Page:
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New omicron variants target lungs and escape antibodies

Preliminary research from the University of Tokyo has sparked a debate about whether the newest omicron variants are of great concern or not

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Illustration of the omicron variant.

Alex Cochran, Deseret News

Omicron variants are driving new infections across the world, proving to evade antibodies.

Why it matters: Preliminary research from the University of Tokyo suggests that the alpha and delta strains produced more severe illnesses compared to omicron, which creates cold or allergy-like symptoms, per The Independent.

But this research reveals something more important — the new omicron variants have evolved to target lung cells again, drawing similarities to its origin strains.

What they’re saying: The risk that strains BA.4 and BA.5 pose “to global health is potentially greater than that of original BA.2,” said Dr. Kei Sato, the study’s lead author, per The Guardian.

“It looks as though these things are switching back to the more dangerous form of infection, so going lower down in the lung,” said Dr. Stephen Griffin, a virologist at the University of Leeds, per the report.

By the numbers: Earlier in June, the BA.4 and BA.5 only constituted 6% and 7% of all cases in the U.S., respectively. Three weeks later, the BA.5 strain alone makes up 23.5% of cases in the U.S., while BA.4 has a hold on 11.4%, according to the Centers for Disease Control and Prevention tracker.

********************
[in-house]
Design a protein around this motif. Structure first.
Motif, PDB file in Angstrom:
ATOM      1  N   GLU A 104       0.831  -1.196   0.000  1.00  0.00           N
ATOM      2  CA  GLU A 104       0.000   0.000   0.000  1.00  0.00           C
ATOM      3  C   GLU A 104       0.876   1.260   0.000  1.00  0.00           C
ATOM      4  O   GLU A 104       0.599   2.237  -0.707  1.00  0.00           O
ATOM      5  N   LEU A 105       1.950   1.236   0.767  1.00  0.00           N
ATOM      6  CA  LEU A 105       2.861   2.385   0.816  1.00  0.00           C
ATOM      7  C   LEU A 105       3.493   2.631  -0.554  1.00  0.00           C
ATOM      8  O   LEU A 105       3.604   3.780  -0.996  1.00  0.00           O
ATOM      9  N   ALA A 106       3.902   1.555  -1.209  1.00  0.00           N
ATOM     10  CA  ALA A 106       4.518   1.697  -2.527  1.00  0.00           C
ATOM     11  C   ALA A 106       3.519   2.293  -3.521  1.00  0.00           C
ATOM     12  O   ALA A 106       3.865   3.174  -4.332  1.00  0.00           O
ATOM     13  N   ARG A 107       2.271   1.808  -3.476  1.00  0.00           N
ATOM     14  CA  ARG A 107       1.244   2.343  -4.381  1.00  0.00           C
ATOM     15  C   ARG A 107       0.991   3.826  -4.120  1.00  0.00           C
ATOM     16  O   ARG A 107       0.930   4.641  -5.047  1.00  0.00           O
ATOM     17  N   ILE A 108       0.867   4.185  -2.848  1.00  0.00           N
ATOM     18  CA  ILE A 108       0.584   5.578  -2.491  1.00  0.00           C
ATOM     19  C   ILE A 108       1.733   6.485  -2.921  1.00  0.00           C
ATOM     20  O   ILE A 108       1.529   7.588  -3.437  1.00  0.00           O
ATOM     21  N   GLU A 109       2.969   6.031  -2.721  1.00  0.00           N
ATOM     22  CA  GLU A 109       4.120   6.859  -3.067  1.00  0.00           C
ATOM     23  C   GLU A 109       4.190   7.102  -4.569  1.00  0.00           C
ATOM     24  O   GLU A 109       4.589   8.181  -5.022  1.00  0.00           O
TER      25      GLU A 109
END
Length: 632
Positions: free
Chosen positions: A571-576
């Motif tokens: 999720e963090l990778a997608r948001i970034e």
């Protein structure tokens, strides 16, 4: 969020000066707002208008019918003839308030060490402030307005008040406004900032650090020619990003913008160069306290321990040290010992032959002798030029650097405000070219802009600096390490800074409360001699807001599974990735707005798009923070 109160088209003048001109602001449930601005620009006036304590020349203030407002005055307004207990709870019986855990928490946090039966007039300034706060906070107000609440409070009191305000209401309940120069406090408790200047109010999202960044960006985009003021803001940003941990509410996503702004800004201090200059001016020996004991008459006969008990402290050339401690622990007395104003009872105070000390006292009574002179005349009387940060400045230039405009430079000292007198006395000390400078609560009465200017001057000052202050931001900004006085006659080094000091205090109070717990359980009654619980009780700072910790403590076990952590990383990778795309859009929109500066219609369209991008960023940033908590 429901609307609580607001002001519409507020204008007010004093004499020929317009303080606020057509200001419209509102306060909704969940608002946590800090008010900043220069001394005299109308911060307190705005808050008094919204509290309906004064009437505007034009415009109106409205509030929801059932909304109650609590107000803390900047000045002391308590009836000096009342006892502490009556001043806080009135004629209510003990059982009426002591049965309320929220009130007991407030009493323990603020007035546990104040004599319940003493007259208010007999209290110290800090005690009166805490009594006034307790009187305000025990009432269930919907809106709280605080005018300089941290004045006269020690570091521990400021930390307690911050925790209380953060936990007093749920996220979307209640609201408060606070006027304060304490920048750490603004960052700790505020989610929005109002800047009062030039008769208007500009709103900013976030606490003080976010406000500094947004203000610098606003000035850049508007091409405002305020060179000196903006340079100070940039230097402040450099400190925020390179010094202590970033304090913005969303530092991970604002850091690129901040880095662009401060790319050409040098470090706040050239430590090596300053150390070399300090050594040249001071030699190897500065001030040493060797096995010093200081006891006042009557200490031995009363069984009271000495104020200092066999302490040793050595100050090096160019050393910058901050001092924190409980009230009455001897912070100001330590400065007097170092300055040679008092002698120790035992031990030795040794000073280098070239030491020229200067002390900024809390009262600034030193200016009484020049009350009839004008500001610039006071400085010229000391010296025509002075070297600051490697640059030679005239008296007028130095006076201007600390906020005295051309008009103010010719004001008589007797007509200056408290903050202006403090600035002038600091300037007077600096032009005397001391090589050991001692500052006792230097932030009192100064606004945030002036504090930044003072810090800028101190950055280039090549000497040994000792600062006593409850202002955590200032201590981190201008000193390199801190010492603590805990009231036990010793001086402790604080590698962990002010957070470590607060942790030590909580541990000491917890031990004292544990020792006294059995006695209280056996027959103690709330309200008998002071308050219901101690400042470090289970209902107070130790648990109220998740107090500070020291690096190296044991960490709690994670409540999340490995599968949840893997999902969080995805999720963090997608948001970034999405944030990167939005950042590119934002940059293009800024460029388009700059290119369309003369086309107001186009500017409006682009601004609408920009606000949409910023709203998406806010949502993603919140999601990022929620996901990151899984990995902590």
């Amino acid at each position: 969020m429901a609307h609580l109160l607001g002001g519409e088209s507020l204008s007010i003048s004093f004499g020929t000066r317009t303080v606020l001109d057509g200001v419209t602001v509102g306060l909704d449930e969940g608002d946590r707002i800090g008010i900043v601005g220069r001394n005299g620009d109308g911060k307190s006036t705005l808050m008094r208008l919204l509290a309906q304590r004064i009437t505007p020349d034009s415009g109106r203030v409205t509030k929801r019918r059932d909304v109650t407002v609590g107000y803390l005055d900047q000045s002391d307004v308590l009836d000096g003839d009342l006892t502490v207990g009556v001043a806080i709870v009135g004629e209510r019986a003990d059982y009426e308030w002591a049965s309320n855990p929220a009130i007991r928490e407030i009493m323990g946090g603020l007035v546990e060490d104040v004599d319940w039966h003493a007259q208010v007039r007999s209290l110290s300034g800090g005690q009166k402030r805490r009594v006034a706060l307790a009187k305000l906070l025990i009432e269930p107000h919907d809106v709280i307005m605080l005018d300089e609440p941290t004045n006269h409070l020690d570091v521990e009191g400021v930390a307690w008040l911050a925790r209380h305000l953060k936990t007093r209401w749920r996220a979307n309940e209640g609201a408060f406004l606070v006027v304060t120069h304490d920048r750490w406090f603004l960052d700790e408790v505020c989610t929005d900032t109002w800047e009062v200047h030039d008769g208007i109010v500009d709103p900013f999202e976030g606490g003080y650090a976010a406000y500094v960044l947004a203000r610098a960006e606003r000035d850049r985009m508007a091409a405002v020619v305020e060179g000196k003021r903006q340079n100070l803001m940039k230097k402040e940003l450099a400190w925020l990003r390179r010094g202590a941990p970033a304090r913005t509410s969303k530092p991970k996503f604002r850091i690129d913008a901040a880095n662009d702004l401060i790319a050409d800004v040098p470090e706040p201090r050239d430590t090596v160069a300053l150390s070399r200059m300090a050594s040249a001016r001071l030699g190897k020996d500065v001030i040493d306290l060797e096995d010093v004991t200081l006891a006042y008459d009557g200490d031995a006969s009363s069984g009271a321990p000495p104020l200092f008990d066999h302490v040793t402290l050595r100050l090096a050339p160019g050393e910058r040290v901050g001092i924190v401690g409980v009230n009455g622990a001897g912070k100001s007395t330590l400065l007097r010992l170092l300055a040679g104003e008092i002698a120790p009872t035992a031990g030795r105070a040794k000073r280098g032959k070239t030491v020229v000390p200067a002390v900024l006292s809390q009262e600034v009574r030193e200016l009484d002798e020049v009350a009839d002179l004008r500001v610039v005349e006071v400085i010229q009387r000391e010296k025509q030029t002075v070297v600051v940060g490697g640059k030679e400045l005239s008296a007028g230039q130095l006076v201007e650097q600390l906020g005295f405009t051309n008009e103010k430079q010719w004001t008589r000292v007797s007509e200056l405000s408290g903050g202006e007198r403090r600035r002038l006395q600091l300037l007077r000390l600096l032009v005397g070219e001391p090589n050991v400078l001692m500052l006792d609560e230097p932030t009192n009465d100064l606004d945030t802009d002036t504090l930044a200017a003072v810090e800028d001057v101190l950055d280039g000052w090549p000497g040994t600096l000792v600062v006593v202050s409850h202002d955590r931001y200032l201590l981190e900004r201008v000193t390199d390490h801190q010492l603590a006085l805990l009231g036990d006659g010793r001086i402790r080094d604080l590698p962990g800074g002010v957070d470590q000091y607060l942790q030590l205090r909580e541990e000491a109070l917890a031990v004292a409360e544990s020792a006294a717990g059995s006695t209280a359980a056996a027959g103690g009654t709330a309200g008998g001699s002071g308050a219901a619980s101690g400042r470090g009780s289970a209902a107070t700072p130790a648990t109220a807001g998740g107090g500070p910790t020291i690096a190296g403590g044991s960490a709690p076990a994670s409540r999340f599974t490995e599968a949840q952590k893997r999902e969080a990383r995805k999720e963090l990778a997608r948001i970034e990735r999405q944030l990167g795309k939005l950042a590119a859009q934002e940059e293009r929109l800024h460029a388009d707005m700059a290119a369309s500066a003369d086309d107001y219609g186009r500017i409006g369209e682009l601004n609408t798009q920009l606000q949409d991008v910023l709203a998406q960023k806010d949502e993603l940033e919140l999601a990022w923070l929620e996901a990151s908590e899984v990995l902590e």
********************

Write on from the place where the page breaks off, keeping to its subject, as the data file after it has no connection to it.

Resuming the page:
Do vaccines work?: Industry experts in Japan, scientists in South Africa and researchers at Columbia University all concluded that the vaccines and prior infections offer less protection against the newest strains, BA.4 and BA.5, compared to older omicron strains like BA.1 and BA.2, wrote Betsy Ladyshets for Time magazine.

Worth noting: South Africa has already experienced the wave from the BA.4 and BA.5 variants, which turned out to be less deadly. Tulio de Oliveira, the director of the Centre for Epidemic Response and Innovation at Stellenbosch University in South Africa, said the wave may have been less deadly because hospitals were empty and ready to receive patients or because the population already had a strong immunity, whether through vaccines or previous infection, per The Guardian.

Symptoms for omicron can appear from two to 14 days after exposure.